According to recent announcements, NASA launches new name competition for InSight mission on Mars allowing the lay public to get involved in space exploration. The winning names will be embossed on a silicon microchip that will be flown on the Red Planet in 2016. NASA experts will thus, leave another trace of humanity in space.
Ever dreamed of being Neil Armstrong and making the first step on the moon? Now you can make a similar achievement by agreeing to take part in NASA’s InSight mission on Mars. The space administration has recently launched a competition allowing people to send their names on the Red Planet.
Submission can be sent until September 8, 2015, according to the official declaration. The winning names will be added on a silicon microchip and placed on the surface of the Red Planet as soon as the InSight Mars lander arrives at its destination.
Space administration experts have explained that they want to get as many people as possible involved in their new mission. Participants who agree to leave their names as evidence of humanity will be rewarded with flier points for the support they bring to the mission and to NASA’s space exploration. The winners will be announced once the submission period is concluded.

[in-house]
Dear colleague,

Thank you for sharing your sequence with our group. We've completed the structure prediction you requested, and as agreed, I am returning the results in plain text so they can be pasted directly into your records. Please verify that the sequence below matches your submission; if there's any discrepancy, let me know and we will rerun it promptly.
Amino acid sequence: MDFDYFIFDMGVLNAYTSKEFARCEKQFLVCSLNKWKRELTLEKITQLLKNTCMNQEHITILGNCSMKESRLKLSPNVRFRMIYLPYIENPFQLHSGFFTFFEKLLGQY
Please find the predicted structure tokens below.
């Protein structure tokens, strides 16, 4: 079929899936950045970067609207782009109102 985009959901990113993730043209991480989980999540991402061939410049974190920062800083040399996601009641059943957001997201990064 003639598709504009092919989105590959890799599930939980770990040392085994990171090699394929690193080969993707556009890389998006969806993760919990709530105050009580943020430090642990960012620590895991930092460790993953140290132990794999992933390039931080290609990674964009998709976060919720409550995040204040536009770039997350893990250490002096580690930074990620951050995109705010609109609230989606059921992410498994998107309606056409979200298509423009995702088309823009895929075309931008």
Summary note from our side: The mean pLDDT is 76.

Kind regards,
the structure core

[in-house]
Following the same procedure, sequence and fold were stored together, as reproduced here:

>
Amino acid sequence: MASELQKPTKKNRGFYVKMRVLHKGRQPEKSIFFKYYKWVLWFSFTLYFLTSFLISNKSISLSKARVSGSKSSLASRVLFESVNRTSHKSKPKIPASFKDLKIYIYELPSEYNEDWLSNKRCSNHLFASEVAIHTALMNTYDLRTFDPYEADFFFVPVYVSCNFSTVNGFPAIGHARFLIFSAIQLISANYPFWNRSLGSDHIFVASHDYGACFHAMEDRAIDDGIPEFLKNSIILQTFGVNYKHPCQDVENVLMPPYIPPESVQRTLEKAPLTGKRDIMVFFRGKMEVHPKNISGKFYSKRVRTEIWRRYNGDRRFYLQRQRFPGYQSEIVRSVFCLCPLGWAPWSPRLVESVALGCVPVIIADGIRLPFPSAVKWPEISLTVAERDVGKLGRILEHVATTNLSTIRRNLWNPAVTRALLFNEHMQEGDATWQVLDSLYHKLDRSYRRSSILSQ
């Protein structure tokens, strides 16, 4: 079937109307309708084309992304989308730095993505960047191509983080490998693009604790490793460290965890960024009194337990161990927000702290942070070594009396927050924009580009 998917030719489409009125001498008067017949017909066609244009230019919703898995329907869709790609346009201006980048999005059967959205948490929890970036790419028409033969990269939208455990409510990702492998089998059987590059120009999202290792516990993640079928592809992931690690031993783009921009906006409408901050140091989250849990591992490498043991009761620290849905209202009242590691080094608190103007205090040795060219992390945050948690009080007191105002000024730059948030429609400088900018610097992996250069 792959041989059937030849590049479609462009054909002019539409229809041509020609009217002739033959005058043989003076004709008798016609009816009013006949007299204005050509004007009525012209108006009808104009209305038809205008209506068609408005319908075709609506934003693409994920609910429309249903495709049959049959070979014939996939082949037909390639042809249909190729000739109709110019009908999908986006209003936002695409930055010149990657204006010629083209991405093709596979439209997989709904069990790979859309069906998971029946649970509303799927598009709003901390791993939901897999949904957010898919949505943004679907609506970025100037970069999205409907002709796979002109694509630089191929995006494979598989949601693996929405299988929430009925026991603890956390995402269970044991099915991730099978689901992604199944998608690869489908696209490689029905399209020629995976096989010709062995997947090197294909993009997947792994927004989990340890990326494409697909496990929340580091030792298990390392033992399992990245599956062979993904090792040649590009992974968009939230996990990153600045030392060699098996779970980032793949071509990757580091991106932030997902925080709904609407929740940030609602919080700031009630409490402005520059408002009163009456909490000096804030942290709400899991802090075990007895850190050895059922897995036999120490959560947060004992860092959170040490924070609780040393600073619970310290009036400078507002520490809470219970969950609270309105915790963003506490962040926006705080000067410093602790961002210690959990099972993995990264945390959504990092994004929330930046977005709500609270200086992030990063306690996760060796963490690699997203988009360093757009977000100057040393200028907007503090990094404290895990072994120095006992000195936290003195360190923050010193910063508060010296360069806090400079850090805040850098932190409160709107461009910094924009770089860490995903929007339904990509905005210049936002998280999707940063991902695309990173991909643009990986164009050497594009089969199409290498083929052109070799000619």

The InSight lander will be launched in the outer space in March 2016 from NASA’s Air Force Base in California. Judging by the calculations that experts have made, the lander will arrive on the Red Planet on September 28, 2016.
This is the first mission that NASA is carrying out for the study of the interior of the planet. Investigators have explained that the new machine will be used to study the rock formations inside the planet, as well as its seismic activities. InSight will register all the tectonic movements in order to determine the quake risks existing on Mars.
A similar endeavor was carried out last December, when NASA sent a microchip with 1.38 million names on the Orion spacecraft. Many more competitions will be organized in the future as the space administration wants to encourage as many people as possible to get involved in the preparation of their missions.
Image source: www.jpl.nasa.gov